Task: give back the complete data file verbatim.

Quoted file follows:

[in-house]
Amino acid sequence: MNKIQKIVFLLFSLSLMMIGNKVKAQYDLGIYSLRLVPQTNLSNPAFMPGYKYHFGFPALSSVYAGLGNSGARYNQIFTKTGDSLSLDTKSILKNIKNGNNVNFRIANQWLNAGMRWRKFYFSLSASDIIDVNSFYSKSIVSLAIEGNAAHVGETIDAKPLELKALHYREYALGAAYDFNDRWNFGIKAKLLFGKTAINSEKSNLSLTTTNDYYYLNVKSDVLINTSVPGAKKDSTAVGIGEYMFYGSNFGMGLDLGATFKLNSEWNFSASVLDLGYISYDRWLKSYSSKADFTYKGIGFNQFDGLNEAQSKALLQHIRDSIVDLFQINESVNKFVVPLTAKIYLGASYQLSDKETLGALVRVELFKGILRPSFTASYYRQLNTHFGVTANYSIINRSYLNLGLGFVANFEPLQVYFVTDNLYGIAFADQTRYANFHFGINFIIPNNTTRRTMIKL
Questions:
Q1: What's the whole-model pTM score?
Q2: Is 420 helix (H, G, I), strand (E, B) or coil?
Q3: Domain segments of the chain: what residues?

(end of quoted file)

[in-house]
Amino acid sequence: MNKIQKIVFLLFSLSLMMIGNKVKAQYDLGIYSLRLVPQTNLSNPAFMPGYKYHFGFPALSSVYAGLGNSGARYNQIFTKTGDSLSLDTKSILKNIKNGNNVNFRIANQWLNAGMRWRKFYFSLSASDIIDVNSFYSKSIVSLAIEGNAAHVGETIDAKPLELKALHYREYALGAAYDFNDRWNFGIKAKLLFGKTAINSEKSNLSLTTTNDYYYLNVKSDVLINTSVPGAKKDSTAVGIGEYMFYGSNFGMGLDLGATFKLNSEWNFSASVLDLGYISYDRWLKSYSSKADFTYKGIGFNQFDGLNEAQSKALLQHIRDSIVDLFQINESVNKFVVPLTAKIYLGASYQLSDKETLGALVRVELFKGILRPSFTASYYRQLNTHFGVTANYSIINRSYLNLGLGFVANFEPLQVYFVTDNLYGIAFADQTRYANFHFGINFIIPNNTTRRTMIKL
Questions:
Q1: What's the whole-model pTM score?
Q2: Is 420 helix (H, G, I), strand (E, B) or coil?
Q3: Domain segments of the chain: what residues?